I have to admit, I still can’t pronounce Košice even after I had visited the city.
Roughly sound like “Koh-shee-tseh”; “o” is pronounced as “go,” the “š” sounds like the “sh” in “she,” and the “c” is pronounced like “ts”.
When it comes to Slovakia, most travellers hit up the capital, Bratislava and think they have seen Slovakia. Even being the second-largest city in the country, Košice offers authentic European experience: quaint, local shops, stunning mix of architectural styles buildings and vibrant cultural scene to explore. I’m glad to have made this city a short stopover between my journey from Kraków to Budapest.
In and out of Košice
Košice International Airport (KSC) serves as the main airport for the region. Fortunately, major and low-budget airlines now connect Kosice with the rest of Europe!
Košice has excellent railway connections with other major cities in Slovakia and neighboring countries. The main train station, Košice Railway Station, is located near the city center and provides both domestic and international train services. It’s a convenient option for traveling to and from cities like Bratislava, Vienna, Budapest, and Prague.
The Central Bus Station (Autobusová Stanica) is located just outside Košice old town, and just a quick walk from the city center. Various bus companies, such as Flixbus, provide regular services to destinations within Slovakia and beyond.
Getting around Košice
Košice’s city center is relatively compact and easily navigable. As you stroll through the city center, you’ll encounter historical landmarks, beautiful churches, and well-preserved buildings that offer insights into the city’s past. Take your time to admire the unique architecture and immerse yourself in the stories behind each site.
Hlavná ulica is the biggest Town Monument Reserve of Slovakia, located in the old town of Košice. The street, completely pedestrianized, stretches past most tourist attractions of the city.
This elaborate 14-metres Baroque-styled column is the “Plague Pillar” of Košice, serving as a significant historical landmark in the city. Erected in the 1720s, it was created as an expression of gratitude to Virgin Mary ending the plague epidemic that had spread through Europe.
Kaplnka sv. Michala
This 14th-century Gothic-styled cemetery chapel is dedicated to St. Michael, the patron saint of the dead. In the 17th century it held a special cultural significance as it was the only place of worship where prayers were conducted in Slavic language. These days it is a popular wedding chapel for Slovak couples as it has always been a Slovak church whereas the Cathedral next to it was German or Hungarian church.
Right at the front of the park around St Michael’s Chapel, you’ll find an an angel holding the Košice coat-of-arms in its hands. Granted in 1369 by King Louis I the Great of Hungary, Košice was the first town in Europe to get its very own coat of arms!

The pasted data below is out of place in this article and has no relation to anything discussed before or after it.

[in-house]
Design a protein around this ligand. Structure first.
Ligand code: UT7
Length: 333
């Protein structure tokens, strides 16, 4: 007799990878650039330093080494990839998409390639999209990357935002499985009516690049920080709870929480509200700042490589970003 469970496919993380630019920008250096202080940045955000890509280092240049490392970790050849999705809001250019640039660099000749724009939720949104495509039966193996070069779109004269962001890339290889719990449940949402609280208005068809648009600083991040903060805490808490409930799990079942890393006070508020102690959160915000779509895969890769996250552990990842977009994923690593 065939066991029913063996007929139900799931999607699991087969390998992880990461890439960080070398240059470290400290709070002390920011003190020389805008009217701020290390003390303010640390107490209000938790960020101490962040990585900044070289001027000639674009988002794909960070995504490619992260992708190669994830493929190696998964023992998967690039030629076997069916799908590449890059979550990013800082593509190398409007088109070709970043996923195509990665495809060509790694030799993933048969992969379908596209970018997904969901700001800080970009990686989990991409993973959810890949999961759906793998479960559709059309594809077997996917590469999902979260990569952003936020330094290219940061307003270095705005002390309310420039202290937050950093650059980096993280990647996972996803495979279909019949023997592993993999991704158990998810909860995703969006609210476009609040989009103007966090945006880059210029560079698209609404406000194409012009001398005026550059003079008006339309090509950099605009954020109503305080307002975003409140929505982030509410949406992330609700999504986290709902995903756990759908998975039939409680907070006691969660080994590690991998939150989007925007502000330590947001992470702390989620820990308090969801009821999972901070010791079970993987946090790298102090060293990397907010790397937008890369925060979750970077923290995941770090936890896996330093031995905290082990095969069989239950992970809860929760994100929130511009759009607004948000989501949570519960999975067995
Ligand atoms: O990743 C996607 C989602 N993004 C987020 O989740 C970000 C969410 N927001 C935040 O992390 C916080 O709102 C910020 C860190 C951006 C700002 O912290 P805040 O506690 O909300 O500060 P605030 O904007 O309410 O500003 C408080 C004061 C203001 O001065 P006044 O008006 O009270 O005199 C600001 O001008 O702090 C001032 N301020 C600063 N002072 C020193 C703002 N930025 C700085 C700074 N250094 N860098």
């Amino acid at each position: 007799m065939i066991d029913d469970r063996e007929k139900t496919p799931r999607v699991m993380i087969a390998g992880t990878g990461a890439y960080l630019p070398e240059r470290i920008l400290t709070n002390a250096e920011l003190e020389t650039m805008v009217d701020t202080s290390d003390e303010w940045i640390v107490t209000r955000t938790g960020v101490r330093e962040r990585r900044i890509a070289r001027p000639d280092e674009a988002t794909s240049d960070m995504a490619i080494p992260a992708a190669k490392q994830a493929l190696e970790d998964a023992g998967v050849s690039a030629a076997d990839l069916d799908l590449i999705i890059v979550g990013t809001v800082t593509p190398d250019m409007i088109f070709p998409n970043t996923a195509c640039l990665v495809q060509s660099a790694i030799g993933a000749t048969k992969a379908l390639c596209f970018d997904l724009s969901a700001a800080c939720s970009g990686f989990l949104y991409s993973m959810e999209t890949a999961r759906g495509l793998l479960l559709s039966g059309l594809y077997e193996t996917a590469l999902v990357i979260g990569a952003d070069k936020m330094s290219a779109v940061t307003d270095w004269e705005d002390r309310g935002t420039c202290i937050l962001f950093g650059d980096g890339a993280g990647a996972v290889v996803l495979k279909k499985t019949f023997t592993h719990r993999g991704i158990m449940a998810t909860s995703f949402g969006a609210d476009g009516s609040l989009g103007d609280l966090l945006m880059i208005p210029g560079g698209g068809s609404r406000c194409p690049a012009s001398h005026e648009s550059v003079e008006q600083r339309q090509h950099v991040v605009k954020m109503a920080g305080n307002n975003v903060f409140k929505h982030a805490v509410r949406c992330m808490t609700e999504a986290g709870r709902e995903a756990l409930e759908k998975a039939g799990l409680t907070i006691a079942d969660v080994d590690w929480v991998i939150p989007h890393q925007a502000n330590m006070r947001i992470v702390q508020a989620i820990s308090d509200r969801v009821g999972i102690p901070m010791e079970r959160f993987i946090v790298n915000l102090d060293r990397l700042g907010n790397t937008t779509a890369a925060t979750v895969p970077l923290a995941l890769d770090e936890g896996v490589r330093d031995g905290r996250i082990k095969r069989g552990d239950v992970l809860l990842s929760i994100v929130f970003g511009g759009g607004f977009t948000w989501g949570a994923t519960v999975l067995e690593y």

Dóm svätej Alžbety
Welcome to the largest church in Slovakia! Measuring 1,200 square-meters, St. Elisabeth’s Cathedral can hold a capacity of over 5,000 people. Dated back to 1230s, the Easternmost Gothic Cathedral is a prominent symbol of the city. You can even head up the 60-metres bell tower for a gorgeous view of Košice.
Right between the Cathedral and State Theatre is a little green oasis with a fountain filled with water jets. Every hour, the water jets “dances” to the sounds of music coming from speakers throughout the square. Additional experience is provided by the carillon playing next to the wind.
Walking from the central bus station to city centre, the very first building that attracted me was the Neo-Gothic Jakab’s Palace. With spiky green roofs, the palace reminded me of the castle I saw in Hong Kong’s Disneyland. Originally built in 1899 as a private house for Arpad Jakab, it later served as a residence for the president of the Czechoslovak Republic, Edvard Beneš. You might not be able to enter or tour this palace, but it’s still worth going to see on the outskirts of old town.
The Crafts Lane is possibly one of the most interesting attractions in Košice. The name “Hrnčiarska” comes from the Slovak word “hrnčiar,” which means “potter” in English. The street was historically home to numerous pottery workshops and artisans who created a wide range of pottery products. Today, local craft shops and bars line the charming cobblestone street. It’s great break from the traditional tourist sights to experience more of the local life and artistry.
Translated as the Lower Gate, it is one of the historical city gates in Košice. Today, Dolná brána houses the Museum of Urban History, which offers insights into the history and development of Košice. The museum showcases various artifacts, documents, and interactive displays, providing visitors with a glimpse into the city’s past.
Enjoy café scene
Being one of the oldest, Café Slávia isn’t the only great Café in Košice. In fact, the city is packed with cool places worth stopping by for a cup of coffee and a sweet treat.
Best part is, eating in Košice is extremely affordable. Unlike Western Europe, you can easily get a cup of coffee for €1 or €0.50 for ice cream! My hostel’s host recommended Med Malina as a great place to try traditional food in the city center. The restaurant is cozy, serving Slovak-Polish cuisine. They focus on slow food, local products and ancestral recipes. I had a traditional fried goat cheese and cucumber mint lemonade for a Summer’s evening.
How Long to Stay in Košice?
One can visit all of the above-mentioned places in one full day. You can easily make it a day trip or you can spend few days relaxing and soaking in its charm. If you planning to head out to Spiš Castle, you will need an extra day for that as well.
Lastly, if you want to keep a track of all my photos and travels, remember to follow @wanderrsaurus on Instagram!